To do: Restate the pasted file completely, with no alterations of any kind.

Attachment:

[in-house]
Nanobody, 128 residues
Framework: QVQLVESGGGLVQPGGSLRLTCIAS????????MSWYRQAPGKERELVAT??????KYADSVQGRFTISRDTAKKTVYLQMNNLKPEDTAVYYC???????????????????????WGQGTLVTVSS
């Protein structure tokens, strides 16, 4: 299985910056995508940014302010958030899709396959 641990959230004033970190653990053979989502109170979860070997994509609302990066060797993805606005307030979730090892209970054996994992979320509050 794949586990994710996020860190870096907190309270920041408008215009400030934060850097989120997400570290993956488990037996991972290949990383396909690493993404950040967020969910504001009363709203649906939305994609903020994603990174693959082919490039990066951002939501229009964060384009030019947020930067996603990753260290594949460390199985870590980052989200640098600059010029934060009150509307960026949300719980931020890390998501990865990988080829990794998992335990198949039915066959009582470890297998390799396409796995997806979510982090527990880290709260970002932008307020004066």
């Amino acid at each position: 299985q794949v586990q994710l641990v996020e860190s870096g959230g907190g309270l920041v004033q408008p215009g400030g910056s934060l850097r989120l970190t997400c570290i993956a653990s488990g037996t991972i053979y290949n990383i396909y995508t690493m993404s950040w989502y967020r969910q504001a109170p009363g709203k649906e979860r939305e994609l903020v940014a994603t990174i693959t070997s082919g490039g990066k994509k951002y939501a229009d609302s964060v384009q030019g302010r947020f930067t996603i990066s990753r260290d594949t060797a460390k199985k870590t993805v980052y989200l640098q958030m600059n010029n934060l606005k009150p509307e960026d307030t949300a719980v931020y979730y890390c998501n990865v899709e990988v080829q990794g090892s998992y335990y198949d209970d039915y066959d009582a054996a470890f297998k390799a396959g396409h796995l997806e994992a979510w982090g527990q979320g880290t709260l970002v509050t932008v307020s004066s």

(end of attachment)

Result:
[in-house]
Nanobody, 128 residues
Framework: QVQLVESGGGLVQPGGSLRLTCIAS????????MSWYRQAPGKERELVAT??????KYADSVQGRFTISRDTAKKTVYLQMNNLKPEDTAVYYC???????????????????????WGQGTLVTVSS
């Protein structure tokens, strides 16, 4: 299985910056995508940014302010958030899709396959 641990959230004033970190653990053979989502109170979860070997994509609302990066060797993805606005307030979730090892209970054996994992979320509050 794949586990994710996020860190870096907190309270920041408008215009400030934060850097989120997400570290993956488990037996991972290949990383396909690493993404950040967020969910504001009363709203649906939305994609903020994603990174693959082919490039990066951002939501229009964060384009030019947020930067996603990753260290594949460390199985870590980052989200640098600059010029934060009150509307960026949300719980931020890390998501990865990988080829990794998992335990198949039915066959009582470890297998390799396409796995997806979510982090527990880290709260970002932008307020004066």
């Amino acid at each position: 299985q794949v586990q994710l641990v996020e860190s870096g959230g907190g309270l920041v004033q408008p215009g400030g910056s934060l850097r989120l970190t997400c570290i993956a653990s488990g037996t991972i053979y290949n990383i396909y995508t690493m993404s950040w989502y967020r969910q504001a109170p009363g709203k649906e979860r939305e994609l903020v940014a994603t990174i693959t070997s082919g490039g990066k994509k951002y939501a229009d609302s964060v384009q030019g302010r947020f930067t996603i990066s990753r260290d594949t060797a460390k199985k870590t993805v980052y989200l640098q958030m600059n010029n934060l606005k009150p509307e960026d307030t949300a719980v931020y979730y890390c998501n990865v899709e990988v080829q990794g090892s998992y335990y198949d209970d039915y066959d009582a054996a470890f297998k390799a396959g396409h796995l997806e994992a979510w982090g527990q979320g880290t709260l970002v509050t932008v307020s004066s």